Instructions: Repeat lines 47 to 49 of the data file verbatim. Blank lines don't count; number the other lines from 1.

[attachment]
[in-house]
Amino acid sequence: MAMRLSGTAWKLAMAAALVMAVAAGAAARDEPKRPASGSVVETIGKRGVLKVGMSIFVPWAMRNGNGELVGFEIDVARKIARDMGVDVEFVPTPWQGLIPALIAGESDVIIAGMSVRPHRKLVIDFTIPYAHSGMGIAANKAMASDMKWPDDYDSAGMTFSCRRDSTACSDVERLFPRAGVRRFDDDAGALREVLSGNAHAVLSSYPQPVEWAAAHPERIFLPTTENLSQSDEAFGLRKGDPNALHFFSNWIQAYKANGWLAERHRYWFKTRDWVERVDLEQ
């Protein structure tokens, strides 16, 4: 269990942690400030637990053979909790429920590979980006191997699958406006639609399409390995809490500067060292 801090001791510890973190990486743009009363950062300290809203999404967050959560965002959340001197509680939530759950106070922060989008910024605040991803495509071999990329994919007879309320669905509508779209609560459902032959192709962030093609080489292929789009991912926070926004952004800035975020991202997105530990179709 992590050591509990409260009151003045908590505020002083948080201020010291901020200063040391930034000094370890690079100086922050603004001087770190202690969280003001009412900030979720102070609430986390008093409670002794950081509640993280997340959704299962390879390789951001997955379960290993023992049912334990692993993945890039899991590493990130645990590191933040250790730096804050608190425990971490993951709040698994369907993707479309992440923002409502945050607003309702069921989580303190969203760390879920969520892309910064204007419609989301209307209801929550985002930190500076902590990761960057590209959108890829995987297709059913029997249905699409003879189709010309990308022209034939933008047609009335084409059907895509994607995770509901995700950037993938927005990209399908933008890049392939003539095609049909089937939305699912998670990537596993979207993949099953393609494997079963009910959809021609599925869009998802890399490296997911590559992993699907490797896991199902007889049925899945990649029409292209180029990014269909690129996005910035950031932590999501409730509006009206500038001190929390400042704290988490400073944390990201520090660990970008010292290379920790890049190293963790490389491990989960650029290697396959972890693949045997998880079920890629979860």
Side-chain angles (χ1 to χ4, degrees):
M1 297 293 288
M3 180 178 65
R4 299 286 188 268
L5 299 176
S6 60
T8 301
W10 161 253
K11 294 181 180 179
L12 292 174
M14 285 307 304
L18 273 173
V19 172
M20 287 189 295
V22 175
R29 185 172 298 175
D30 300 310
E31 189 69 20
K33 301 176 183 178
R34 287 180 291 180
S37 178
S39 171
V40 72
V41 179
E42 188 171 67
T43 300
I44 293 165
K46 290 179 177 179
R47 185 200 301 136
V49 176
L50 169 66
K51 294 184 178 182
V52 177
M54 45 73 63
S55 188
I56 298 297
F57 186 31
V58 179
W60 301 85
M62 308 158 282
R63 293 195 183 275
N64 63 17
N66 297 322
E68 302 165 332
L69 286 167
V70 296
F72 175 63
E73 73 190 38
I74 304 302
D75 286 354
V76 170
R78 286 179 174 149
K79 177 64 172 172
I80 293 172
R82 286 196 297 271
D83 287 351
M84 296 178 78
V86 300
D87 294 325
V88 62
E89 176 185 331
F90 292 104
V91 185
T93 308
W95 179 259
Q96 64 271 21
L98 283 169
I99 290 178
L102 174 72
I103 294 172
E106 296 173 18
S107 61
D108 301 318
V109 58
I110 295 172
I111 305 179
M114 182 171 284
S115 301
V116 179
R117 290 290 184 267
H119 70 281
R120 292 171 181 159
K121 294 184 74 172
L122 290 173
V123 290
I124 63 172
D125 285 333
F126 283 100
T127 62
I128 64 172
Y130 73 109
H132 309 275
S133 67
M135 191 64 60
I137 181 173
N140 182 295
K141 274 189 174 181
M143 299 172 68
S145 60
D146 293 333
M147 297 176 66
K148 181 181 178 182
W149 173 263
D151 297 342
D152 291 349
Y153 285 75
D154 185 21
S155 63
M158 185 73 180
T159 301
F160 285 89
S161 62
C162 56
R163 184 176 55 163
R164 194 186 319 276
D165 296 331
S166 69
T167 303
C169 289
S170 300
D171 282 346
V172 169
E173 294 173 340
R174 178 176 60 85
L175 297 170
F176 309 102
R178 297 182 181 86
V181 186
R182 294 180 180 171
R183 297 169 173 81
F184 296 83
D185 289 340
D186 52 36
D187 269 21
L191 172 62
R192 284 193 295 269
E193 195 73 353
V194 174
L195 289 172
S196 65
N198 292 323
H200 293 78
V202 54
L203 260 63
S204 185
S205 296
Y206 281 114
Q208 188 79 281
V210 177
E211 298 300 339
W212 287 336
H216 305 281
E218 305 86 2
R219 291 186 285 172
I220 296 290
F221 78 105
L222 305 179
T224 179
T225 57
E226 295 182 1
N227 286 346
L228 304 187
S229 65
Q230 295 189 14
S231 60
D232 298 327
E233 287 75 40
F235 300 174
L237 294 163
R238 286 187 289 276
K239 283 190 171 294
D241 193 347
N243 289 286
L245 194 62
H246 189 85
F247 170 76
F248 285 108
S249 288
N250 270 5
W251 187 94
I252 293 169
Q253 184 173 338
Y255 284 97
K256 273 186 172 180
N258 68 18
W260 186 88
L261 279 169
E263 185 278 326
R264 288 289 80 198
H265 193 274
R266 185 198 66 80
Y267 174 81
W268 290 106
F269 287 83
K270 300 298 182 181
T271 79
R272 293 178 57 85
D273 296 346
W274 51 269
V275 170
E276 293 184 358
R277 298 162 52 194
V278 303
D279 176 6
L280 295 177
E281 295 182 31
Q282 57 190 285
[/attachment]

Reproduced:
E68 302 165 332
L69 286 167
V70 296